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Treasury’s Lew warns that US default could happen quickly

The Obama administration warned on Monday it could start defaulting on the government's obligations "very soon" after it runs out of room to borrow under a legal cap on public debt.

Washington is due to reinstate a limit on its borrowing at the end of this week and Treasury Secretary Jack Lew said the administration can use accounting measures to stay under the new cap until the end of February.

(Read more: Lew warns Congress of February debt ceiling deadline)

After that time, "very soon it would not be possible to meet all of the obligations of the federal government," Lew said at an event hosted by the Bipartisan Policy Center, a prominent Washington think tank.

U.S. politicians now partake in a regular dance around the country's so-called debt limit. First, Congress authorizes spending that outstrips tax receipts. Then lawmakers balk over whether to OK enough borrowing to pay the bills. A rancorous debate ensues over putting public finances on a stable path.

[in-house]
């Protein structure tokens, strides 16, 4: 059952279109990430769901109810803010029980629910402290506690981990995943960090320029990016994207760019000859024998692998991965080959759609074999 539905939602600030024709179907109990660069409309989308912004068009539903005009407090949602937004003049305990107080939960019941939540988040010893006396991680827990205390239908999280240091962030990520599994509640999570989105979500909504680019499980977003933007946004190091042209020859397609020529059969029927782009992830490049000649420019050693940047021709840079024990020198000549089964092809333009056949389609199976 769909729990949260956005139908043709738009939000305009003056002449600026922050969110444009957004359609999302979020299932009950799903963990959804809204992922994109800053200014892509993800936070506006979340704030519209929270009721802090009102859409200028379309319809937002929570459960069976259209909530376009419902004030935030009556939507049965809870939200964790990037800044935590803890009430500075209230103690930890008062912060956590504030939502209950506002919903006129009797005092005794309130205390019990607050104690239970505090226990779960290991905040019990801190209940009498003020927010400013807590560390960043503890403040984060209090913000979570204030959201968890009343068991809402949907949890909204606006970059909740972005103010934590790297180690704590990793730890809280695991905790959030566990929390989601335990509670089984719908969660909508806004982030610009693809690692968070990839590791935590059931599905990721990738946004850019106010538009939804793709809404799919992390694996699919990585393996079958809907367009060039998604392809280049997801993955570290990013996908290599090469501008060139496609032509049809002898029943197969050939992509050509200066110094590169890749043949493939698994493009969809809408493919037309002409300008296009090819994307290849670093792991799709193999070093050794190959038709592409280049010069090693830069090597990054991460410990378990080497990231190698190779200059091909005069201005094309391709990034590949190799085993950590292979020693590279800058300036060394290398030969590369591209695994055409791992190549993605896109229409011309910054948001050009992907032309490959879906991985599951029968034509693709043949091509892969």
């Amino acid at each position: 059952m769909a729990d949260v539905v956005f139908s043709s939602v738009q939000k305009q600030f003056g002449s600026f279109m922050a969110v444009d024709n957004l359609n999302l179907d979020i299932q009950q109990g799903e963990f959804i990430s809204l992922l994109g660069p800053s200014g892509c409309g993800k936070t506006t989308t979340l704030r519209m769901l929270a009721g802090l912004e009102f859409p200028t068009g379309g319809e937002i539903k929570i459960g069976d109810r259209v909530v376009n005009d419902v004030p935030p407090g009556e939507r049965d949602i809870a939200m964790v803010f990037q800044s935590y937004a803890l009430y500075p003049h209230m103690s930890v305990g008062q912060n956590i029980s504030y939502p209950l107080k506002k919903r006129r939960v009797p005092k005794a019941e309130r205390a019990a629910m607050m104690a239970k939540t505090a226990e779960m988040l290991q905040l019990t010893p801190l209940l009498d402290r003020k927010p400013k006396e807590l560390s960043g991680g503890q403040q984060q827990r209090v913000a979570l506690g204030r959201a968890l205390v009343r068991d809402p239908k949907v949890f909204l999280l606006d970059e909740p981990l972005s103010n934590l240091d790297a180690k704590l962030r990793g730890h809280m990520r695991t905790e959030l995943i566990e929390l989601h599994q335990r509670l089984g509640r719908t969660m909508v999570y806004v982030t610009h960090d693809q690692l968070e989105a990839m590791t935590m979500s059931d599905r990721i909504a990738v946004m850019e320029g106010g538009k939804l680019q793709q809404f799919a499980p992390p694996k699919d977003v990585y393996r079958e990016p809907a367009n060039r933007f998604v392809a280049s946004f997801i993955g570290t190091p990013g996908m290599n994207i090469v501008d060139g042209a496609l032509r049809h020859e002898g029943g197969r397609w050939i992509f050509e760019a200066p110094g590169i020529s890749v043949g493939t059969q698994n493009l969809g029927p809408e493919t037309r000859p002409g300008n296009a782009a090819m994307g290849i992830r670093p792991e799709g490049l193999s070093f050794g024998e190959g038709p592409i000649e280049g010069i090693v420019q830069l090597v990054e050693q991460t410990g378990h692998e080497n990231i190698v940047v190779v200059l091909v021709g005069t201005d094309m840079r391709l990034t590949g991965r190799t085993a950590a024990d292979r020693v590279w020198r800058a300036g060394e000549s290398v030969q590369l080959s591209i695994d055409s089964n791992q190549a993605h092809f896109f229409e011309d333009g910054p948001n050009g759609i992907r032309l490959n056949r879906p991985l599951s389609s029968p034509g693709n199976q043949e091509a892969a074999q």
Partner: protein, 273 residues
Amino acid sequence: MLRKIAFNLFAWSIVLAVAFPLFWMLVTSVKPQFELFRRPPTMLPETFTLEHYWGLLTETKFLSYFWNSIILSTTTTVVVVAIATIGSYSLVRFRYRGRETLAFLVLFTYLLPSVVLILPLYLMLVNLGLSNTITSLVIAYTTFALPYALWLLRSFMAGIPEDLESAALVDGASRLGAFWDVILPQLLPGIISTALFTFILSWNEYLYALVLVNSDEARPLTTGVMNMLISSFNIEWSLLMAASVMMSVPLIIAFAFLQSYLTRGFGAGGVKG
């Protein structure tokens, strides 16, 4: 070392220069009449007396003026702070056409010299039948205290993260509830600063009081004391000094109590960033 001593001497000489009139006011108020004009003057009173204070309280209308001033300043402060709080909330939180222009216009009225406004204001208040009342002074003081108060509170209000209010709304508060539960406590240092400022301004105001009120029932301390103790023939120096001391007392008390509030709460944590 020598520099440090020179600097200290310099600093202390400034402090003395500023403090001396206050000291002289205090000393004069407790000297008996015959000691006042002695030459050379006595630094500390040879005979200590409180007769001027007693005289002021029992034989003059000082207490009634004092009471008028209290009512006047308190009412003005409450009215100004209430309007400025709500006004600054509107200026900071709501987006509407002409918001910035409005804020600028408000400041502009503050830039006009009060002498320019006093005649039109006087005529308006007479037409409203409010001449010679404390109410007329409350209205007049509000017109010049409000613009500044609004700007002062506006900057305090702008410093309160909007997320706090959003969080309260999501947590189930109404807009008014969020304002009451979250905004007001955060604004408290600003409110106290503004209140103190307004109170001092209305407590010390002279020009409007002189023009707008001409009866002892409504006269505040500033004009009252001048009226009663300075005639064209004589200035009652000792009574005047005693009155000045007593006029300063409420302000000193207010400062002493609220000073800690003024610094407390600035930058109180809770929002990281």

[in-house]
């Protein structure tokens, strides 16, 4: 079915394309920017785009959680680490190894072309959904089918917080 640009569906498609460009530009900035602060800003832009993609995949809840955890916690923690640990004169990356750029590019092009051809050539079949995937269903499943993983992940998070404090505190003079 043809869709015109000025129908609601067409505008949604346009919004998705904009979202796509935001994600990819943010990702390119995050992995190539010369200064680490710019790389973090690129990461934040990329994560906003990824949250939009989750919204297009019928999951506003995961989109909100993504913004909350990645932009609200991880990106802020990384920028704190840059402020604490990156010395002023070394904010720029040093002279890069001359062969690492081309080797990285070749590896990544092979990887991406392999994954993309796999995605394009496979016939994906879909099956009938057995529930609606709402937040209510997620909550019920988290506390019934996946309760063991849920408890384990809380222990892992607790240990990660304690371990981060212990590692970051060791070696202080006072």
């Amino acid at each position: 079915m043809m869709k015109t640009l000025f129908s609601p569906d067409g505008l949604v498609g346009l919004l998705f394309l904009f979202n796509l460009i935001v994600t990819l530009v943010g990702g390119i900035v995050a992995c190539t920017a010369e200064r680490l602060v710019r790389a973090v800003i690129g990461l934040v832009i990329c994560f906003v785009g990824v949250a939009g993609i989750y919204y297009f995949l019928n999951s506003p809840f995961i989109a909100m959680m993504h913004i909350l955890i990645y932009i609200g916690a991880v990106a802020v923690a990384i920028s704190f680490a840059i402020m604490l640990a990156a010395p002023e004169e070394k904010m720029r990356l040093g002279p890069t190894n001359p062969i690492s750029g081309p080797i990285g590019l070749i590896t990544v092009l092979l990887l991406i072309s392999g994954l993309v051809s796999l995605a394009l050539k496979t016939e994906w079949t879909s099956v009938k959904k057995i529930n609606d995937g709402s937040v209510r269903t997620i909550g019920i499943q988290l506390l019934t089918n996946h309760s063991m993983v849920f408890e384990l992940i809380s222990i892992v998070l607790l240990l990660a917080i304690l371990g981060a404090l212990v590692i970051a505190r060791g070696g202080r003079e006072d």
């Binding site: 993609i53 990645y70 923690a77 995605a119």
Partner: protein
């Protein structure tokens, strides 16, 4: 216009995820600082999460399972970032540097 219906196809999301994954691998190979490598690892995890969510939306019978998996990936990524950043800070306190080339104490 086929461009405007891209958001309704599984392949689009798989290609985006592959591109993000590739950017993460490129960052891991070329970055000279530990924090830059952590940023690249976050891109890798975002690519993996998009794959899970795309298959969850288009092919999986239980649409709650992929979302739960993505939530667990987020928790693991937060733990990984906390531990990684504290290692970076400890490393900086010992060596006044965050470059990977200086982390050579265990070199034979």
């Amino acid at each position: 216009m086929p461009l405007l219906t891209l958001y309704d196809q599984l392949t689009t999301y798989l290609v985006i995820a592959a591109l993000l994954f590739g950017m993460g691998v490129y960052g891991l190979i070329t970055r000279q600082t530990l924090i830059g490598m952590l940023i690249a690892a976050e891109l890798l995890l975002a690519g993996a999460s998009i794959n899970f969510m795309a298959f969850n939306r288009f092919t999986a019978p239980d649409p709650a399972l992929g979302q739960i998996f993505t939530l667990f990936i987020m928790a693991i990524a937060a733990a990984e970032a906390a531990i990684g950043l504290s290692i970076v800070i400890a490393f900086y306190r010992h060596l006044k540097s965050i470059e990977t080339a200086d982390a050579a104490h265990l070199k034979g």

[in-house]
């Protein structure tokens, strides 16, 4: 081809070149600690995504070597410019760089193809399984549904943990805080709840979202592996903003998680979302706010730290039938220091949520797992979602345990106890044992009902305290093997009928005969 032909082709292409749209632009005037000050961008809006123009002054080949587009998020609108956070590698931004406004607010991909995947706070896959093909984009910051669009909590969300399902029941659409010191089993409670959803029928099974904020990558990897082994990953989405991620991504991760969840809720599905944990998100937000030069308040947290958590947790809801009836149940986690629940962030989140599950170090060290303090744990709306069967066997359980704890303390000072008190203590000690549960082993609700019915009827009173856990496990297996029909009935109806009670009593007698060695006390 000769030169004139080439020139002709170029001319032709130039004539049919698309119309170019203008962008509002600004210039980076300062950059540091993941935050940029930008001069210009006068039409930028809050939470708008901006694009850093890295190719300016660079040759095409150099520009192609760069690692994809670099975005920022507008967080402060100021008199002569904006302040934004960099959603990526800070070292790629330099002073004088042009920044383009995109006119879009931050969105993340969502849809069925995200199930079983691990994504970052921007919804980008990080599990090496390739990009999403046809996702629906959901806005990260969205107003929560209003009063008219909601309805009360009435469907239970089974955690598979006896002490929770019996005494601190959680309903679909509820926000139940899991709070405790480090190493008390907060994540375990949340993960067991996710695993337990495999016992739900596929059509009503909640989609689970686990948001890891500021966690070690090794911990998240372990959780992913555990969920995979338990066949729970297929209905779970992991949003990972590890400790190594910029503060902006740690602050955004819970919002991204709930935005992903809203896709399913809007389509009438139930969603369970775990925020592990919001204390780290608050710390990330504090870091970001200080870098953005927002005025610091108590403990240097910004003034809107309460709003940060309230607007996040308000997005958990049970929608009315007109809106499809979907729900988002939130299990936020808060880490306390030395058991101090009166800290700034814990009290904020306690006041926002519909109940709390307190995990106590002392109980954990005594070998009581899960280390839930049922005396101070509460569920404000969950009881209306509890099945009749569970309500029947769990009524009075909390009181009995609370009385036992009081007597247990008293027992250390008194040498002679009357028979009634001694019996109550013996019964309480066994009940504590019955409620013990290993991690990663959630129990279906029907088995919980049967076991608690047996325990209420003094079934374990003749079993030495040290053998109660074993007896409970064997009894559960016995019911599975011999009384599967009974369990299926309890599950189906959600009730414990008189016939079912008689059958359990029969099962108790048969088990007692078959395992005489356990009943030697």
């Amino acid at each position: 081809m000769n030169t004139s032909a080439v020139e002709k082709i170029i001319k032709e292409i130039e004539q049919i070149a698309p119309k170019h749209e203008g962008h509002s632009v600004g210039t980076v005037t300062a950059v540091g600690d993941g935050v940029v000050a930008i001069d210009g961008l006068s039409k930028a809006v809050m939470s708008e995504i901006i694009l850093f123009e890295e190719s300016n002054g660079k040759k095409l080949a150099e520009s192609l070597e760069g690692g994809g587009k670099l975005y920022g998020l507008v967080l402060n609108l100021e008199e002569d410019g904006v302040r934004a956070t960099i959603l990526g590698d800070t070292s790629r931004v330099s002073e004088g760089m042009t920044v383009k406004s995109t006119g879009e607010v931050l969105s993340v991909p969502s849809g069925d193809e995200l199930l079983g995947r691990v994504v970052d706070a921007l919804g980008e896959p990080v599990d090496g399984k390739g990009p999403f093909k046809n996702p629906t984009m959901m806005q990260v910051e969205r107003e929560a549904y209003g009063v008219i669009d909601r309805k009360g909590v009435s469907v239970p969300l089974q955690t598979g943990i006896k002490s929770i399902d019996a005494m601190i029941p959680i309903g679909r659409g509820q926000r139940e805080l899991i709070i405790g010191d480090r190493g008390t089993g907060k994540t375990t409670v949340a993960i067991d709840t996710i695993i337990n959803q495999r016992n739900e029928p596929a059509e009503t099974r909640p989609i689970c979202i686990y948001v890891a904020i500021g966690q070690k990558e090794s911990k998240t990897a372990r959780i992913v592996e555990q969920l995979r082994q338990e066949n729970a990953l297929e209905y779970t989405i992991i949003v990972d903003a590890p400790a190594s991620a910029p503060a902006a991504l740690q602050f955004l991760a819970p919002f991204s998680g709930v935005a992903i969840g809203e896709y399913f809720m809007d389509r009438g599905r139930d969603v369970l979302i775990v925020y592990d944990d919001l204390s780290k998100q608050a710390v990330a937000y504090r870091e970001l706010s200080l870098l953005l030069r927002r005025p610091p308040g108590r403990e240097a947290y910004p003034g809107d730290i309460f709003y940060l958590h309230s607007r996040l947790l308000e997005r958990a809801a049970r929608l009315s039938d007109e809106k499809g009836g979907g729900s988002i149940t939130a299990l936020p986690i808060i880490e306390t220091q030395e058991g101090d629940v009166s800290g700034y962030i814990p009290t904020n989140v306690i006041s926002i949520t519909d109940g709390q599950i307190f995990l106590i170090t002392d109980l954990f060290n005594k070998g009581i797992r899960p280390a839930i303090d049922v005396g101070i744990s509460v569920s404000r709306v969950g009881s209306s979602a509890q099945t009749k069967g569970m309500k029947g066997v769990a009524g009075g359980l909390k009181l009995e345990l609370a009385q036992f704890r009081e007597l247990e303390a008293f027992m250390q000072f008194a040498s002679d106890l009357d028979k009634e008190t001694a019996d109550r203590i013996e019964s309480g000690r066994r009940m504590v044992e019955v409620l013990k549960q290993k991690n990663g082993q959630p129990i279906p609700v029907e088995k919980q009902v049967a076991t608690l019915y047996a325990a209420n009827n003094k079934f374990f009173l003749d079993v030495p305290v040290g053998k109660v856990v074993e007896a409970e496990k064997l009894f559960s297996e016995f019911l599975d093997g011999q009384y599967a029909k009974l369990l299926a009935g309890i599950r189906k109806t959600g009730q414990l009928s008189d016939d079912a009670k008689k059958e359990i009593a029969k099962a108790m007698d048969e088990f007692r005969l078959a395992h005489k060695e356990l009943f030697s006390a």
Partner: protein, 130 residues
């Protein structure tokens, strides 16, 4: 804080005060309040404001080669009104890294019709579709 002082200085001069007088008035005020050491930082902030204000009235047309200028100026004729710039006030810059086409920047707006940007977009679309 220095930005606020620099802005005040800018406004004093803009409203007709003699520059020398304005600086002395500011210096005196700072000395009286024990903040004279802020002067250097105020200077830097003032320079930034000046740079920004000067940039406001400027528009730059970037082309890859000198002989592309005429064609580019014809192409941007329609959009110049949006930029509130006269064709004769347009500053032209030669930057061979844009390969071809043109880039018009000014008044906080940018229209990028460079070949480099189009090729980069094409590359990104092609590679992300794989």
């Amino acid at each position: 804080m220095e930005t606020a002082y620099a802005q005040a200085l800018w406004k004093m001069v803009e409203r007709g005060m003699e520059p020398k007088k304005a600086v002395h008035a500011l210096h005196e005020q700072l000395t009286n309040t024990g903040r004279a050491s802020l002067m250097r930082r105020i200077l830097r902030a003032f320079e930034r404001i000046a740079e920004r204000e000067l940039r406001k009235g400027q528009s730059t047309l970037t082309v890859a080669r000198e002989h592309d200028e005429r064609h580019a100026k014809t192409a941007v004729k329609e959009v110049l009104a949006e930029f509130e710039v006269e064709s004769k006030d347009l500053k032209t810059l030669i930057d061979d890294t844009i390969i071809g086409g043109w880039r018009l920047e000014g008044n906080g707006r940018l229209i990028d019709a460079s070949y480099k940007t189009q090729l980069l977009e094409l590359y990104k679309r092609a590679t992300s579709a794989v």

U.S. Treasury Secretary Jack LewGetty Images

Washington has danced perilously close to the edge of default several times since 2011, and this year some Republicans pledge to extract policy concessions from Democrats before they allow the debt limit to rise.

The administration has vowed not to negotiate on the matter, and Lew said public finances are in good enough shape that long-term fiscal problems don't have to be solved this year anyway.

Federal debt ballooned during the 2007-09 recession and most analysts think Washington's obligations to pay for health care for the elderly will stress the budget more as U.S. society ages.

(Read more: Buffett: Debt limit is 'political weapon of mass destruction')

But Lew said the sharp reduction in budget deficits over the last few years has bought America time to improve its fiscal outlook.

"I'm not sure this is the year for the long-term fiscal challenge to be dealt with," Lew said. "We have a little time to deal with the longer term."

It is unclear if Republicans, who are pressing for an overhaul of the government's health care obligations, will put up much of a fight over the debt ceiling. U.S. House Speaker John Boehner, a Republican, said last month American "shouldn't even get close to" default.


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